Sweaty Training

Sweaty Training

Hi Everyone!

I have some exciting news! This week I joined the Sweaty Training team thanks to a generous sponsorship by Sweaty Training. I will be training under Jeff Eides, the founder of Sweaty Training. Coach Jeff is a renowned strength and conditioning coach who graduated from University of Winnipeg. Coach Jeff has worked with everyone from enthusiastic  youth athletes to professional athletes. I am very privileged to work under him as I recover from my ankle injury and move ahead to the next competitions, nationally and internationally. This is a huge step for me as an athlete. Proper strength and conditioning is a key part in any athletes development. It is a foundation I need in order to improve my performance, as well as to continue training without injury.

I will be proudly representing the Sweaty Training team as I compete nationally and internationally, as well as when I coach.

I want to thank Jeff and Sweaty Training for the opportunity! I am excited for what comes next.

In other news, rehab for my ankle is coming along well. I am able to hit the gym a lot these days, and I am on court a fair bit working on skills, and very controlled footwork.

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Thank you everyone for your support!

Kevin

 

Canada Open

Canada Open

The Yonex Canada Open, MS loss in first round against Howard shu, MD loss in the Quarter Final against Toby Ng and Adrian Liu. 

Tournaments are a learning experience. They say fire refines, and it exposes weaknesses. I love competing. I love the tension in the air, and the crowd cheering. I love the challenge and putting my will against someone else’s. But when it’s all said and done and you walk away, winner or loser you have to take something away from the experience. The pressure hopefully revealed something. All the training and time and effort gets tested during tournaments, and while somethings prove their worth there are always weaknesses that get exposed. Places where technically you made a mistake, or tactically were not prepared. Maybe conditioning was an issue. 

In singles a lot of things became quite clear, through practice and competition. I haven’t had much sparing lately. My preparation consisted of lots of time in the gym and two and three against one practice on court along with the drills. I had very little to no game practice, or sparing. This showed through hesitant tactical decions and sometimes poor positioning.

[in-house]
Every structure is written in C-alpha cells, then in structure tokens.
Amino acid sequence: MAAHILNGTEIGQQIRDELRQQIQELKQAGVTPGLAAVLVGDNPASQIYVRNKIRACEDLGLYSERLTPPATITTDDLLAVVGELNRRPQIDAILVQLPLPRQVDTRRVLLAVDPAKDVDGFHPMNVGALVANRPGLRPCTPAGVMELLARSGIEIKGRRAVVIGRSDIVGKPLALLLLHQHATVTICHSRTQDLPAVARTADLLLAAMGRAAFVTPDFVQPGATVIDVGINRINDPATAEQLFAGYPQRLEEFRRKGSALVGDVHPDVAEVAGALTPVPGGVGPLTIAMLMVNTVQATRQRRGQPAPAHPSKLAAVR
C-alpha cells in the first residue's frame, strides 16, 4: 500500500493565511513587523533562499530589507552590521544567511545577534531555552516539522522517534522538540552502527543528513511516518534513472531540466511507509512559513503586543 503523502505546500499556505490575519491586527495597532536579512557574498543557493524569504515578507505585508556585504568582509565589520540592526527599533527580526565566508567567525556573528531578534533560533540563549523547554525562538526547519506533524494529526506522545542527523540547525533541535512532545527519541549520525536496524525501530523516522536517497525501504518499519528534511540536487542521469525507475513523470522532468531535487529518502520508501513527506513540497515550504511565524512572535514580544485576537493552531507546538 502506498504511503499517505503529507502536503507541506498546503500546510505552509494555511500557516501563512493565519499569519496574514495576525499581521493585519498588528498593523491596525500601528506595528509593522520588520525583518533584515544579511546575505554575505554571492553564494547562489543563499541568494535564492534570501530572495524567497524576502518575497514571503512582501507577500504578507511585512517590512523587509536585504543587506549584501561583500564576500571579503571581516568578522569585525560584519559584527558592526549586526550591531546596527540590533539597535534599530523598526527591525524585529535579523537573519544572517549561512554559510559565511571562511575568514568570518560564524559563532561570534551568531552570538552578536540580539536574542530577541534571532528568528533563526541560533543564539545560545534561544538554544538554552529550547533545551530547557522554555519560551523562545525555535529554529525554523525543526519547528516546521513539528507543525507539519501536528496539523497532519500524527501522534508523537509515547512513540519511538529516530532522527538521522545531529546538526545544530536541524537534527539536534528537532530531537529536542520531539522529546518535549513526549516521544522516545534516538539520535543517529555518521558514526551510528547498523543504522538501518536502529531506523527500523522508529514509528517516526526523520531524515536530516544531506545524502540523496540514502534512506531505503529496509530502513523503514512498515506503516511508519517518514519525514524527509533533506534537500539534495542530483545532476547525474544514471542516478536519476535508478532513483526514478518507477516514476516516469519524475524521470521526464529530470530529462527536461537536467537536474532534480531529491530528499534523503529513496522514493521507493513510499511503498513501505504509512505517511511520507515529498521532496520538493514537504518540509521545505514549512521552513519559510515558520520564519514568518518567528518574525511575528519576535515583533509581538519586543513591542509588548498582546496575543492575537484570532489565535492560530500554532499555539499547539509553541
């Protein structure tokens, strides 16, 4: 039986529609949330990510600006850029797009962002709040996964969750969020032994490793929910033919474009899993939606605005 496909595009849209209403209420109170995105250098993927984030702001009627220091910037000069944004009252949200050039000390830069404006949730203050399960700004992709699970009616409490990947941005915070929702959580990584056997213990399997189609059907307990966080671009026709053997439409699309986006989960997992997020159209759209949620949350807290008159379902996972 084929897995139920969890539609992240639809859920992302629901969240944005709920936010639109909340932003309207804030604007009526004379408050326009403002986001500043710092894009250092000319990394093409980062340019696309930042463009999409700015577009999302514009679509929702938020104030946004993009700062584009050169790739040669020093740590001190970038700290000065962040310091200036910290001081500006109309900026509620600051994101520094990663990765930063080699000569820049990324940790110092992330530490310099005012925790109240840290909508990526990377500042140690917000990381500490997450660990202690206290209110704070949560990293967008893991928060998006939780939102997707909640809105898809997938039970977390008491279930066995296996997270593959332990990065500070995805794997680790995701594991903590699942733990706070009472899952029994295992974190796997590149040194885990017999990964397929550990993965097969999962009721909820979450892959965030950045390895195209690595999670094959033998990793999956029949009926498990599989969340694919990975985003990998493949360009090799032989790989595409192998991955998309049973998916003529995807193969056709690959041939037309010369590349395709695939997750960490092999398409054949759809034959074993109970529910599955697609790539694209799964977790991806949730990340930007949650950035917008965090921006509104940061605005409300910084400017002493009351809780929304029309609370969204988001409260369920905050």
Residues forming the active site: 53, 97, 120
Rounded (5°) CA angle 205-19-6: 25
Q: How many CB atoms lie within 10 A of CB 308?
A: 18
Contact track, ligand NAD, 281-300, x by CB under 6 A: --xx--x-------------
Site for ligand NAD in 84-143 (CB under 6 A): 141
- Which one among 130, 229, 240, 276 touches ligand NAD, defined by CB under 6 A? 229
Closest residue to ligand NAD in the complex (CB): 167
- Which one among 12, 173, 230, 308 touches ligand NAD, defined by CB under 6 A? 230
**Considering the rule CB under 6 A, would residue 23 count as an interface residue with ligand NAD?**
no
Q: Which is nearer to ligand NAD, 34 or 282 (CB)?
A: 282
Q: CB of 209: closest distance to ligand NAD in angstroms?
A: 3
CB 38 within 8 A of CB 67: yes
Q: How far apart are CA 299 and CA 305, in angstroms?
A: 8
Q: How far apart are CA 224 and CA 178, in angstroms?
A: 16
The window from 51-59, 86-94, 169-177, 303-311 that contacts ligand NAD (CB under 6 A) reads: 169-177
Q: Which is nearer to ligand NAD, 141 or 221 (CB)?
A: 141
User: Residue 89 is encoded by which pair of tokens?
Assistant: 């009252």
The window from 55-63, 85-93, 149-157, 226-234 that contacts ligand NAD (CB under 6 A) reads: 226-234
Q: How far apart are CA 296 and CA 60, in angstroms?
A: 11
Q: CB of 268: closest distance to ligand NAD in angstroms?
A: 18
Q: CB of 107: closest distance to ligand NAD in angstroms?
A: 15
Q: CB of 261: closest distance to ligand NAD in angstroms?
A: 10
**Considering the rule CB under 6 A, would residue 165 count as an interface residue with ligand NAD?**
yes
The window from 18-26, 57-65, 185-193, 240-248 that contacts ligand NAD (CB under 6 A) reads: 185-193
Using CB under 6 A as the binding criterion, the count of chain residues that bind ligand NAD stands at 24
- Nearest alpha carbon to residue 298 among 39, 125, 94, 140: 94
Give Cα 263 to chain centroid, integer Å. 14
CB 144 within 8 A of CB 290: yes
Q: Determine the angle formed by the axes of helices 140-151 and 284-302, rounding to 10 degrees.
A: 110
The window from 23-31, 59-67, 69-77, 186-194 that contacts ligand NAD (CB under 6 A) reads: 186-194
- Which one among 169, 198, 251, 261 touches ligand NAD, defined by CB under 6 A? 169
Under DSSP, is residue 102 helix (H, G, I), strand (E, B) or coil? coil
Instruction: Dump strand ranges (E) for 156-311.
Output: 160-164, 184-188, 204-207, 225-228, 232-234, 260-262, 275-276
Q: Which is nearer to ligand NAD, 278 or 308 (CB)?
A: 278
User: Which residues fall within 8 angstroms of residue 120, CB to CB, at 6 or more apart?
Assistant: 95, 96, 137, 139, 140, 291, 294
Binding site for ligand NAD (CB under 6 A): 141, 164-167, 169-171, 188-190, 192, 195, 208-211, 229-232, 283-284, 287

Weaknesses, mistakes, losses – they are all part of the road forward and reaching the next step always means growing through adversity and even mistakes. What comes next? How do I go about fixing or adapting to the things I have learned? How will I find more sparing and games? Get more competition? I don’t know yet, but those questions will be answered, one step at a time. 

I appreciate the help and support of those people helping me on this journey. I hope I can keep learning and growing, improving, getting stronger. Thanks all.

Prepared? 

Prepared? 

For a lot of people preparation means training all day and chilling at home, eating healthy, getting mentally ready, Ect. But for me prepping for the Yonex Canada Open, and the Yonext USA Open has meant a lot more than just training, though there has been plenty of that as well. Preparing well has also meant things like getting into a routine, looking for work, finding places to train, and even convincing my little brother to come feed me drills. It meant find a physical therapist, and a strength and conditioning coach, and even touring universities. 

Being prepared for a tourmanent means I spent a lot of early morning and late nights at the gym, and a lot of days either at work or in the office getting other things done. 

Am I fully prepared? Am I at my peak to play to the best of my potential? Yes and no, I don’t think I have fully reached my potential, I have a long ways to go yet, a lot to learn, and a lot more hard work to put in, but for where I am at I am as prepared as I can be. 

Sometimes being ready doesn’t mean you are actually ready, as much as it means you are courageous enough to dare, and to be confident that you put in the hours of effort before hand, so whatever the outcome you have no regrets. Being ready means being prepared to try fully, and be okay with the result you get. 

Of course, my going to these tournaments isn’t just about me, but about all the people who support me and help me out as coaches, PT’s, sponsors, freinds, employers,  and everything else.  Every game I play is a huge shout out to all these folks who also believe that dreams are worth chasing. 

Peace out folks, keep chasing your goals and putting your hours in – Kevin